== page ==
Sunday, September 9, 2007

Web 2.0 Makes a Good Service Great

Great example of why encouraging communications between users can increase the value they get from the experience of using your service. More than a “customer review” section as on a product site like Amazon, Orbitz’ new service encourages users not only to review travel services that Orbitz represent, but also to provide real time contextual information that could make the job of planning a good trip a lot easier. If you’re looking to stay in a hotel in NY next to the show you’re going to see, you may care less about the quality of the hotel and maybe more about the proximity to the theatre. Context is everything and being able to communicate with real people about their experience might be more valuable than anything else Orbitz offers.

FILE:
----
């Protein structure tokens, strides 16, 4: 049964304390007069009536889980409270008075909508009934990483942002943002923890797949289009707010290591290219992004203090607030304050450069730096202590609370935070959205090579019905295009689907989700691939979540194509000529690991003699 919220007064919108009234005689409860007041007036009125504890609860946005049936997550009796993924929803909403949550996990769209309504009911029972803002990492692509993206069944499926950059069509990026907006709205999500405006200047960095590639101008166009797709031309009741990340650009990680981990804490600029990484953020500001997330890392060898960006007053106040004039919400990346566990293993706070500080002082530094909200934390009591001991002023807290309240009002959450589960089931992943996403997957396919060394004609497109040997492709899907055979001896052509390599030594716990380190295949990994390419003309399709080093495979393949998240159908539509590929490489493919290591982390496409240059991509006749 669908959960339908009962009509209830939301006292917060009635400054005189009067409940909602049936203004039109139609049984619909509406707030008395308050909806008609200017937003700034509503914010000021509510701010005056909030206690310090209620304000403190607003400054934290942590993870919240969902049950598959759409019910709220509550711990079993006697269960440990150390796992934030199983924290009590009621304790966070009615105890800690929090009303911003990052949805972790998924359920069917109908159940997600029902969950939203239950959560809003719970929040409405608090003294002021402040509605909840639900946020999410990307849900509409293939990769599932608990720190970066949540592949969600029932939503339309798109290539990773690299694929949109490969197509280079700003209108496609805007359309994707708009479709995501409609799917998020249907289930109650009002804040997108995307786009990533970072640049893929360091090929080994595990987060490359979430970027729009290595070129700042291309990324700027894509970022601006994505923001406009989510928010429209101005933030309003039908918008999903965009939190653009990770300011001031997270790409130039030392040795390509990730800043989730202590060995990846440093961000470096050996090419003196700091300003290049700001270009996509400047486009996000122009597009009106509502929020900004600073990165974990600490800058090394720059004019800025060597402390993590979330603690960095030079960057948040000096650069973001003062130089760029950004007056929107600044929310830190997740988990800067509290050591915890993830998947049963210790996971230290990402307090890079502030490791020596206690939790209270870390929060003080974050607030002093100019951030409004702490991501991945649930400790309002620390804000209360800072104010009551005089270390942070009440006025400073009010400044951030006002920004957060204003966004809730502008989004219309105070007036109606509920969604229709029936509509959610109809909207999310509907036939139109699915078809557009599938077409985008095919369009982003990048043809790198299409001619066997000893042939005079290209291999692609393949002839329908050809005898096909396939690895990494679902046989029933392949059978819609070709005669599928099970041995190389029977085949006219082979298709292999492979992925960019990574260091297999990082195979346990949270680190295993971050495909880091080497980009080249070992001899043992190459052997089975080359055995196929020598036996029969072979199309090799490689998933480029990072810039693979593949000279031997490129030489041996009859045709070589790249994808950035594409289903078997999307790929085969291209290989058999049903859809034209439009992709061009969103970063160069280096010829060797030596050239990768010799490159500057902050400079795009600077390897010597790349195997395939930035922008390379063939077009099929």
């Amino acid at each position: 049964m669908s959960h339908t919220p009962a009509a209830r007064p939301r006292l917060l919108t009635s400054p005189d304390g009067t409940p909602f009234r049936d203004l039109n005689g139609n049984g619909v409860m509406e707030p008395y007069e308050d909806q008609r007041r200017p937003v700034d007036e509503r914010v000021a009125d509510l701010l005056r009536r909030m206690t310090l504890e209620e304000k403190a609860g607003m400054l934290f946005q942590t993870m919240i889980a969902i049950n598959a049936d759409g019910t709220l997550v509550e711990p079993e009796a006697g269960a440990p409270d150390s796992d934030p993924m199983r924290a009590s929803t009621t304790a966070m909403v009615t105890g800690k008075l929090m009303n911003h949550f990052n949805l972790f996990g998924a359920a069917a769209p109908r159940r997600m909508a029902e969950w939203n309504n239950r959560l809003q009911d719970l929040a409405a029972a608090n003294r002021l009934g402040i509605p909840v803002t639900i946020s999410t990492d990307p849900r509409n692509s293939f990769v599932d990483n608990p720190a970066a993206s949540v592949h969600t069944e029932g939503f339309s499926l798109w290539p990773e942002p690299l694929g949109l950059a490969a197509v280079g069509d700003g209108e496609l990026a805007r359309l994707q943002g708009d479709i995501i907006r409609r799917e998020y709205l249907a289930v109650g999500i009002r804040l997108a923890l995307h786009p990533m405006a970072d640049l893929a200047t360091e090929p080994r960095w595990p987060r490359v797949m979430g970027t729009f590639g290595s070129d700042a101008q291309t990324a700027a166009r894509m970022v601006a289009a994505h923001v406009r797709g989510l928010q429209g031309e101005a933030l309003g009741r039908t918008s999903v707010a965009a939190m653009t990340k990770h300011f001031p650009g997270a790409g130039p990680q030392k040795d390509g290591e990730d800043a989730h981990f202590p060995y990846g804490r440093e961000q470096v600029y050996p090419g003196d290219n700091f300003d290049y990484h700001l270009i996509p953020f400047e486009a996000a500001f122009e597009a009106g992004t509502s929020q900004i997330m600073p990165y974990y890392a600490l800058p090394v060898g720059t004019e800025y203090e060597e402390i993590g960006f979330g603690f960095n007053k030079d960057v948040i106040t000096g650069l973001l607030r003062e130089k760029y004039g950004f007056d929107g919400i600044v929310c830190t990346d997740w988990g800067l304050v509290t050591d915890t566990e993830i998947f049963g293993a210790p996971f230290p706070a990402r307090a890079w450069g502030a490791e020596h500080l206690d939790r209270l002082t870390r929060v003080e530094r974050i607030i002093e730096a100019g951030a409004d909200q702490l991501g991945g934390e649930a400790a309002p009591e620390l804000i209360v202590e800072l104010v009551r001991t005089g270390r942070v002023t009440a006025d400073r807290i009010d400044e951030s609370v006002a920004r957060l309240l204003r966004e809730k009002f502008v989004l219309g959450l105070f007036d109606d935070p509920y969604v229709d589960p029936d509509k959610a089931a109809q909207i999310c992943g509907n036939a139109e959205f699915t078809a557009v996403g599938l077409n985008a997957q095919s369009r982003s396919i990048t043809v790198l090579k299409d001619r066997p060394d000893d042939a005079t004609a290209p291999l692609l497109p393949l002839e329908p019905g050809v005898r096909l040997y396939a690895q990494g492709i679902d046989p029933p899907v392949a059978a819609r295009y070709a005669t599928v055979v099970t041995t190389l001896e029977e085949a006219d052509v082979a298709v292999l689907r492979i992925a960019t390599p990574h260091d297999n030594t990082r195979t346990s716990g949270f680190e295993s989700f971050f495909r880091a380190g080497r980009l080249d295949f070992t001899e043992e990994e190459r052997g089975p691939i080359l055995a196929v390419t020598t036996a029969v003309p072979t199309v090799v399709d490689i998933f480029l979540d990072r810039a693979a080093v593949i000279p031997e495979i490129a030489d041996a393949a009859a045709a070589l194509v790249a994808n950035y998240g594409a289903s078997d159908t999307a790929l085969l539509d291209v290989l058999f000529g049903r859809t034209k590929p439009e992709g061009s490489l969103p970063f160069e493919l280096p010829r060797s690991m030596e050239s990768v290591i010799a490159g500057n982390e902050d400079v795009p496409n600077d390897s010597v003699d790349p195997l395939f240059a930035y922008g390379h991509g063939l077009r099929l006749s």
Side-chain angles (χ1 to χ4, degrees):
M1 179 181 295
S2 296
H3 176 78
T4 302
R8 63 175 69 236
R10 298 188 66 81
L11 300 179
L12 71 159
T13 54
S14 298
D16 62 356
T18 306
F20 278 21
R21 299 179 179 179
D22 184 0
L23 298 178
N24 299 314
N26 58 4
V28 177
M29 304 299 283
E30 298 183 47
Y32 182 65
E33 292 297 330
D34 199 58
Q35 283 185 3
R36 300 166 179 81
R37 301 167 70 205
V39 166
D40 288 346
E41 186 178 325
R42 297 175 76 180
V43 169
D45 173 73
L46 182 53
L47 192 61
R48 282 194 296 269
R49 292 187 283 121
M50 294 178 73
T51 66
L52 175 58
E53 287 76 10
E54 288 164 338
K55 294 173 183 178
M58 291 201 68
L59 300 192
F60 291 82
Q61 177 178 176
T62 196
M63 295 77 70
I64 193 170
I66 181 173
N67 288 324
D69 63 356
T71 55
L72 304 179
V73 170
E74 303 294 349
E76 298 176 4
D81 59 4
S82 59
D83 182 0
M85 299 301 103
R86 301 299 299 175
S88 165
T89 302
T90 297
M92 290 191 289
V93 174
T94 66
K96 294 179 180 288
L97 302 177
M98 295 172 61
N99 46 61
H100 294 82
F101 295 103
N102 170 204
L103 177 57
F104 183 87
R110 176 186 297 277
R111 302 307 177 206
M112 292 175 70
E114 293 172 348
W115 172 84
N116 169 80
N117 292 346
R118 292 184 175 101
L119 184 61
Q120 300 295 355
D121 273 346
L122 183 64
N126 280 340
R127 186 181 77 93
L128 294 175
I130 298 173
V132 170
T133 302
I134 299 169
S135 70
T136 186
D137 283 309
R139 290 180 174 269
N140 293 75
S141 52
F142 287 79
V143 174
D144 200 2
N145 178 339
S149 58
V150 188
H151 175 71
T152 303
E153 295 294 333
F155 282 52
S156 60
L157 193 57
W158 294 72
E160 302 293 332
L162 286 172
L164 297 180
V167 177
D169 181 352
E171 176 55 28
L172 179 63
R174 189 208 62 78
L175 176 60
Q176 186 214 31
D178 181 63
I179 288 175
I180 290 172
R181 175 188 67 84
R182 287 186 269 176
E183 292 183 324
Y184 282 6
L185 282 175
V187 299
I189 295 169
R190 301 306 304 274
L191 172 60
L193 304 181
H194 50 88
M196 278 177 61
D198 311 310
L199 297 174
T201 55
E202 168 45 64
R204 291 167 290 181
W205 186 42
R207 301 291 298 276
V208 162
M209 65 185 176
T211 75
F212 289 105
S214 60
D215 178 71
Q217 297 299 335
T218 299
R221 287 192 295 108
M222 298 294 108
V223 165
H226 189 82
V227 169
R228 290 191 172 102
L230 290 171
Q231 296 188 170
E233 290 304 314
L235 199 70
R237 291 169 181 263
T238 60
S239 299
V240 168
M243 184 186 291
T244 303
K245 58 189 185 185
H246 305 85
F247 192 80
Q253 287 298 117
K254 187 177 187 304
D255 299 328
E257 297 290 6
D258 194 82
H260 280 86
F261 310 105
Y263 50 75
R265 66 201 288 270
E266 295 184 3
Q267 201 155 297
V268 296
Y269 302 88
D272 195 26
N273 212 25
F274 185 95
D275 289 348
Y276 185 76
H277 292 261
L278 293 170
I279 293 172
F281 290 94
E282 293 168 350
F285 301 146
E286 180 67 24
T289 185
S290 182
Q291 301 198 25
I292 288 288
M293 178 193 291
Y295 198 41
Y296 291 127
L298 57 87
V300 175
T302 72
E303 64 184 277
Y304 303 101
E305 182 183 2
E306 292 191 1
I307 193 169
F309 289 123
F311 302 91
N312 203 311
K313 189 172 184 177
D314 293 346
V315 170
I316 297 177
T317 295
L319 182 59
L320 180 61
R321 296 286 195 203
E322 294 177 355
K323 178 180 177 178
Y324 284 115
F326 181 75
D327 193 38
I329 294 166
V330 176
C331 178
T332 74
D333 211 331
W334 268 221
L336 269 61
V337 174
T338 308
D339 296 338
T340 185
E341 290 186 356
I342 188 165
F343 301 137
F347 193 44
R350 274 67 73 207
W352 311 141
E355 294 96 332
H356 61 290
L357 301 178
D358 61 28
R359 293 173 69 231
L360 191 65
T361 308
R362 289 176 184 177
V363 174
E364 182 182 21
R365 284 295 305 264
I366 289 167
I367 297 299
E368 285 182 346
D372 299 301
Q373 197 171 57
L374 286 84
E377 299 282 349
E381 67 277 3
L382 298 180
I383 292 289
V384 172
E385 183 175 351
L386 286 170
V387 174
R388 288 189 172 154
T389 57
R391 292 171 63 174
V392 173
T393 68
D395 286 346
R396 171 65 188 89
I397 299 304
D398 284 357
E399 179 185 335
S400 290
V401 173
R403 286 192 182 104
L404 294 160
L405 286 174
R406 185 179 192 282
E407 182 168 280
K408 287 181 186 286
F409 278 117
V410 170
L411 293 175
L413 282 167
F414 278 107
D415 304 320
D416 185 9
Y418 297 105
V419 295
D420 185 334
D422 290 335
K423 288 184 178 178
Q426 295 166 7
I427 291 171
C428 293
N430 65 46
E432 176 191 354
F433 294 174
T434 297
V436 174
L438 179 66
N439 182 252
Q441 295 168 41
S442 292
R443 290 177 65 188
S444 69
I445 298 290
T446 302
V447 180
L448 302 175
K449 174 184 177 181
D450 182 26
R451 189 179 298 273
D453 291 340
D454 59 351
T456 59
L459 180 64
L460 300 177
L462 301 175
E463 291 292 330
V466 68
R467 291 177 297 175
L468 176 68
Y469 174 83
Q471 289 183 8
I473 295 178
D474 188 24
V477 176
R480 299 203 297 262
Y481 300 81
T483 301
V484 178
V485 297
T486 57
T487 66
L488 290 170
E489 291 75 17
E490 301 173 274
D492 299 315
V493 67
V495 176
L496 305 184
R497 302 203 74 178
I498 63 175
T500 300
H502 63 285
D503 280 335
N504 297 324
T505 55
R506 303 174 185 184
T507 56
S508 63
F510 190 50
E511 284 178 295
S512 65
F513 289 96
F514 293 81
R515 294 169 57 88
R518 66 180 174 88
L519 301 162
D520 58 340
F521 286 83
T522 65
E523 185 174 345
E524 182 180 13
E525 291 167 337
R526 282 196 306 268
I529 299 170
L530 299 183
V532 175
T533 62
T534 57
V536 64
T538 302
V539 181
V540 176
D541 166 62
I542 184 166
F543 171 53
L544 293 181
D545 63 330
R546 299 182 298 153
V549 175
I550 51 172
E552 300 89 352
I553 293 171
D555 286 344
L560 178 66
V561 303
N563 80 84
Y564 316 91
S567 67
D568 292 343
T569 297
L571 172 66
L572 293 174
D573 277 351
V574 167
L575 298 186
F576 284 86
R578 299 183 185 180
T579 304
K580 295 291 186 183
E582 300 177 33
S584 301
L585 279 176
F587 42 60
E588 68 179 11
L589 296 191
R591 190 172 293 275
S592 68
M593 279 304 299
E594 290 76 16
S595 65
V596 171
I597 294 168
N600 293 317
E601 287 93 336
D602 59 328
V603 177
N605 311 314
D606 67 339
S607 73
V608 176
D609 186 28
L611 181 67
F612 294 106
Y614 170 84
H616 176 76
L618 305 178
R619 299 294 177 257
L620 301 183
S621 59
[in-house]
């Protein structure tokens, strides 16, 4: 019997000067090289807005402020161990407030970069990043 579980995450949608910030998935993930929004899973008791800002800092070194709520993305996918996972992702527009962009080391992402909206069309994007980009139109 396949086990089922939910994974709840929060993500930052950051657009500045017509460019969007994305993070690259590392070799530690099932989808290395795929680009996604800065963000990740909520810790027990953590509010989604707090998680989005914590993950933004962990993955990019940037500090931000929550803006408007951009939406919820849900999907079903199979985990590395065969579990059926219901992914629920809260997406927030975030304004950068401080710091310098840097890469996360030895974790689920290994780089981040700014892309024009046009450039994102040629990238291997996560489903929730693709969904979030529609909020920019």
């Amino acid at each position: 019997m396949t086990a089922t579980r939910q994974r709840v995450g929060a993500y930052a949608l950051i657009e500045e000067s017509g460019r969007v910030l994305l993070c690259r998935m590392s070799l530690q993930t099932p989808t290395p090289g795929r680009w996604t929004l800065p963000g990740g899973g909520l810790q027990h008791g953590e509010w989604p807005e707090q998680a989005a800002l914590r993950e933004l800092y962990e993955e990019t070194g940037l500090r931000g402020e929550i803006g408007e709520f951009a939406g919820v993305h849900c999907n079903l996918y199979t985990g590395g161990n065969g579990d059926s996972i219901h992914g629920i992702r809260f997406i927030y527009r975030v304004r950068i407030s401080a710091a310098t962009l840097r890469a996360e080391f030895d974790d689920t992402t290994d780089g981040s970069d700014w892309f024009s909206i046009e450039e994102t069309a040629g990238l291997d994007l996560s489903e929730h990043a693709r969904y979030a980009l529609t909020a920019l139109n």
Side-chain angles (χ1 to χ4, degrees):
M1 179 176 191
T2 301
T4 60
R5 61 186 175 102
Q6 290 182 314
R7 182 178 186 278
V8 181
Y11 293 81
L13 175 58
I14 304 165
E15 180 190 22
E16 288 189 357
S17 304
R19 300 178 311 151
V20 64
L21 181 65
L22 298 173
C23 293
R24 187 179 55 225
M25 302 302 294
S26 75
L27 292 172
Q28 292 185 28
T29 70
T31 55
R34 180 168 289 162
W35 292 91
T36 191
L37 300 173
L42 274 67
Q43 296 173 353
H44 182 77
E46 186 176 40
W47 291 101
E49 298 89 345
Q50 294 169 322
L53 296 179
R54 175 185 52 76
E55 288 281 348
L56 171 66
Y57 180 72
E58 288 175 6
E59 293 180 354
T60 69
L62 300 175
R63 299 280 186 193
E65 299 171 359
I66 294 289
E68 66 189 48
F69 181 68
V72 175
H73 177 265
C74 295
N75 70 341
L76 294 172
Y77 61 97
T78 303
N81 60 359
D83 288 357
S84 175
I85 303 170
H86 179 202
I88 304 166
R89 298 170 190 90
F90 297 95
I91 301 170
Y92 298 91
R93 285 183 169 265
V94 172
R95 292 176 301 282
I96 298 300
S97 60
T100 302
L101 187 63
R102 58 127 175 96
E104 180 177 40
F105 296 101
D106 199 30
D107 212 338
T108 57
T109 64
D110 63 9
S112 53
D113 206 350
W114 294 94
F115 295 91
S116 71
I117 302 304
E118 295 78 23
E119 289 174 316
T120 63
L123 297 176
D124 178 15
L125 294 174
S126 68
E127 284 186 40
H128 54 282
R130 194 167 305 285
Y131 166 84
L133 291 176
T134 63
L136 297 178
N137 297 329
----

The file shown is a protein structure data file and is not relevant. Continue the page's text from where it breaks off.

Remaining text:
This is not necessarily new thinking, the authors of Cluetrain captured it pretty well
  • Rule #8: In both internetworked markets and among intranetworked employees, people are speaking to each other in a powerful new way.
  • Rule #9: These networked conversations are enabling powerful new forms of social organization and knowledge exchange to emerge.
  • Rule #10: As a result, markets are getting smarter, more informed, more organized. Participation in a networked market changes people fundamentally.
  • Rule #11: People in networked markets have figured out that they get far better information and support from one another than from vendors. So much for corporate rhetoric about adding value to commoditized products.

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